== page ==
Cryostasis Benchmarking with Triple-SLI PhysX

3-Way SLI Gets PhysX Debut with Cryostasis

Last Tuesday I showed you our very first look on physics benchmarking using an upcoming game title called Cryostasis: Sleep of Reason. The Cryostasis: Sleep of Reason PC Game TechDemo got some people talking and several of you asked questions on the forums and sent us e-mails asking for more information. Today, I’ll be answering those questions.  If you have been curious about how performance would be on the NVIDIA cards with Physics disabled on the hardware or if a dedicated PhysX card would increase performance when running SLI or how performance scales from a single card to dual and 3-way SLI, this is your lucky day.


Armed with three NVIDIA GeForce GTX 280 video cards, I loaded up the same test system that I used in the original article and started benchmarking. To clean up the results table I didn’t put in the minimum and maximum frame rates and included just the averages.

Cryostasis Benchmarking at 1280x1024 Resolution

With PhysX disabled on the EVGA GeForce GTX 280 and GX 260 the performance dropped down to that of the Radeon HD 4870 1GB, which goes to show that no hardware acceleration is taking place on the ATI card in this benchmark. Adding a second EVGA GeForce GTX 280 video card increased performance ~17%, and adding the third for 3-way SLI jumped up performance another 8%. This scaling is what we expect from previous 3-way SLI benchmarking, so no big shocker here. Adding a dedicated PhysX card helped performance in all the configurations, so if you have an older CUDA ready graphics cards be sure to hang onto it as it might still serve a purpose in your system during 2009 when game titles like this come out. If you are curious why the triple SLI performance numbers don’t include the GeForce 9600 GT for PhysX, it is because there are not enough PCIe x16 slots on the motherboard to run four graphics cards!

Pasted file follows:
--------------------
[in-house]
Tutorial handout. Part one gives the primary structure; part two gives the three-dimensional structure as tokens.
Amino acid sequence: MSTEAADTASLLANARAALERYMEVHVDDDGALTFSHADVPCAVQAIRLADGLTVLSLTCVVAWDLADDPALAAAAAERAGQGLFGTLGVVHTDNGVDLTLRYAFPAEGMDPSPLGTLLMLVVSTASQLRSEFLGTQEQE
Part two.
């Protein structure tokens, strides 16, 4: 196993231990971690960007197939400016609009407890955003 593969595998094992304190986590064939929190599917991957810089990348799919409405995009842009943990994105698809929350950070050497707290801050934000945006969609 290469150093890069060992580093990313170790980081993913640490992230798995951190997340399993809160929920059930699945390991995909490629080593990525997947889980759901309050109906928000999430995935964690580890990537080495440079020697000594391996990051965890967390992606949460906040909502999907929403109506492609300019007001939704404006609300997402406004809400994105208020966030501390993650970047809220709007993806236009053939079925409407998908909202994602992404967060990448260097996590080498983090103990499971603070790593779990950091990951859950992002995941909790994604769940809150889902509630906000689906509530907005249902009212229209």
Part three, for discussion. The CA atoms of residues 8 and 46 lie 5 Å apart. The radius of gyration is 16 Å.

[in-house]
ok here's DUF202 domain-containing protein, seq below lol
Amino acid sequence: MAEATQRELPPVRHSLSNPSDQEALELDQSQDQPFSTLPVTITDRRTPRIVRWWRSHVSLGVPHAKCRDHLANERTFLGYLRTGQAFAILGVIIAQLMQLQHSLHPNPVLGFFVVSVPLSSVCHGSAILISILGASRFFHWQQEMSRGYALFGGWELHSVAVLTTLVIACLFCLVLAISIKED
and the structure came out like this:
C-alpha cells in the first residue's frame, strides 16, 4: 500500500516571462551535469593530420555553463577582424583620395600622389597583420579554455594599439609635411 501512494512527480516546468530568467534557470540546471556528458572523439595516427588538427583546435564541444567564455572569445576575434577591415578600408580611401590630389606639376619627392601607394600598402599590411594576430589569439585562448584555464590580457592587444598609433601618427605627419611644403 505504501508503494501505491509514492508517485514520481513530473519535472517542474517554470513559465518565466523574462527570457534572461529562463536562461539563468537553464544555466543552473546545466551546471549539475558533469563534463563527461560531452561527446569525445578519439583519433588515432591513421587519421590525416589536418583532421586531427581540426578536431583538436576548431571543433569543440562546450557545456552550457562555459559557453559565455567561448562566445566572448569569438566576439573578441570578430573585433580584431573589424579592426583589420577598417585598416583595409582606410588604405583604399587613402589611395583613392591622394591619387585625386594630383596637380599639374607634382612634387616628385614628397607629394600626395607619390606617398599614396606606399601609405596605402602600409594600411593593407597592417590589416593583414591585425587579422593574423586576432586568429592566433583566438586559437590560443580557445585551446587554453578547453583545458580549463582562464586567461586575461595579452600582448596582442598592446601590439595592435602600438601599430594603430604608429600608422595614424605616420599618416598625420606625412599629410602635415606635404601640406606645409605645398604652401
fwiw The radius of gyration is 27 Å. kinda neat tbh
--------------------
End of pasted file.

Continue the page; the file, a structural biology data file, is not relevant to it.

Cryostasis Benchmarking at 1600x1200 Resolution

At a resolution of 1600×1200 the results were close to the same. I found it interesting that a pair of GeForce GTX 280 video cards in SLI with a GeForce 9600 GT being used for PhysX performed better than a set of GeForce GTX 280 video cards in 3-way SLI.

Cryostasis SLI Configuration

Final Thoughts and Conclusions:

Adding three EVGA GeForce GTX 280 video cards into the mix provided some interesting results as it showed that adding a dedicated PhysX card helped performance across the board. I actually expected the performance to level off at some point, but that obviously didn’t happen this time around. The performance numbers with a dedicated PhysX card were impressive, and it was fairly simple to setup in the NVIDIA Control Panel shown in the screen shot pictured above along with Windows Device Manager.

If the Cryostasis: Sleep of Reason TechDemo benchmark utility proves to be an accurate reading for upcoming PhysX game titles it looks like dedicated PhysX cards and SLI will be the most cost effective way to get the performance you are looking for.  A couple of months back, NVIDIA GeForce 9600 GSO’s were selling for $36 after rebate, so it would be more cost effective to add a GeForce 9600 GSO or 9600 GT to the mix rather than a $369 GeForce GTX 280. If benchmarking video cards was not already confusing and time consuming enough, we now have to factor in dedicated PhysX cards as it will improve performance since it offloads work from the GPU.

Legit Bottom Line: A dedicated NVIDIA PhysX card improves performance across the board and a pair of GeForce GTX 280 video cards in SLI with a dedicated PhysX card performs better than a set of GeForce GTX 280 in 3-way SLI!


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